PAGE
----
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West Ham Pals Battalion

John Simkin

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Lord Kitchener was appointed Secretary for War in August 1914. His main task was to persuade men to join the British Army. At a meeting on the 19th August it was suggested by Sir Henry Rawlinson that men would be more willing to enlist if they knew they would serve with people they knew. Rawlinson asked his friend, Robert White, to raise a battalion composed of men who worked in the City. White opened a recruiting office in Throgmorton Street and in the first two hours, 210 City workers joined the army. Six days later, the Stockbrokers' Battalion, as it became known, had 1,600 men.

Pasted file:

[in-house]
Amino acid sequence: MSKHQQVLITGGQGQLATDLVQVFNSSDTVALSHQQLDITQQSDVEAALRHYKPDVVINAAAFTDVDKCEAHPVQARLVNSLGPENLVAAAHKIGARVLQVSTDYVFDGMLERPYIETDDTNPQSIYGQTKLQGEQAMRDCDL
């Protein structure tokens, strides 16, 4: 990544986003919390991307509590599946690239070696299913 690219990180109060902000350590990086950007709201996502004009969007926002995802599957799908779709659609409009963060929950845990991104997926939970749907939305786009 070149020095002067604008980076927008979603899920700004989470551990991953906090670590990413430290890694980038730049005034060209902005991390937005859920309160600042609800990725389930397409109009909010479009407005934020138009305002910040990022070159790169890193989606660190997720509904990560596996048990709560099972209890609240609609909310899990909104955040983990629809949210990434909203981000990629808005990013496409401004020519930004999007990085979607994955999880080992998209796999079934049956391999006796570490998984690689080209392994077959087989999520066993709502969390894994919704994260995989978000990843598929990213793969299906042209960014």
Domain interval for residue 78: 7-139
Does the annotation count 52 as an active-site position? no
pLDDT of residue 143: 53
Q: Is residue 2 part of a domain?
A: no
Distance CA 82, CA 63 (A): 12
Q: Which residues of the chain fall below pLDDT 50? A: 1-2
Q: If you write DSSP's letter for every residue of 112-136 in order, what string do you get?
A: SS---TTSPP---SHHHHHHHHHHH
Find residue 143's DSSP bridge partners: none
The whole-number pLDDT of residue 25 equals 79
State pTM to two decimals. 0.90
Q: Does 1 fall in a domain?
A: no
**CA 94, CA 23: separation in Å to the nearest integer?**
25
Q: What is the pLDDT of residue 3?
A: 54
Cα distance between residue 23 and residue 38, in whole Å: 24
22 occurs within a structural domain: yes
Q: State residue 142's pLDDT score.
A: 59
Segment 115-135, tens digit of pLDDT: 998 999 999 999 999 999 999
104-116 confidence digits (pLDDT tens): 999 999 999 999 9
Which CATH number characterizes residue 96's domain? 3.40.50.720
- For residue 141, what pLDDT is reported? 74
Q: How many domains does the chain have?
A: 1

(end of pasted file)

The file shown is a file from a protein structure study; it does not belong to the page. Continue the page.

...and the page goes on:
When Lord Edward Derby heard about Robert White's success he decided to form a battalion in Liverpool. Derby opened the recruitment office on 28th August 1914 and by the end of the day had signed up 1,500 men. It was Derby who first used the term a "battalion of pals" to describe men who had been recruited locally.

Someone had the idea of forming a battalion made up of West Ham supporters. The 13th (Service) Battalion (West Ham Pals) were part of the Essex Regiment. In his book War Hammers: The Story of West Ham United During the First World War, Brian Belton argues that their battle cry was "Up the Irons."



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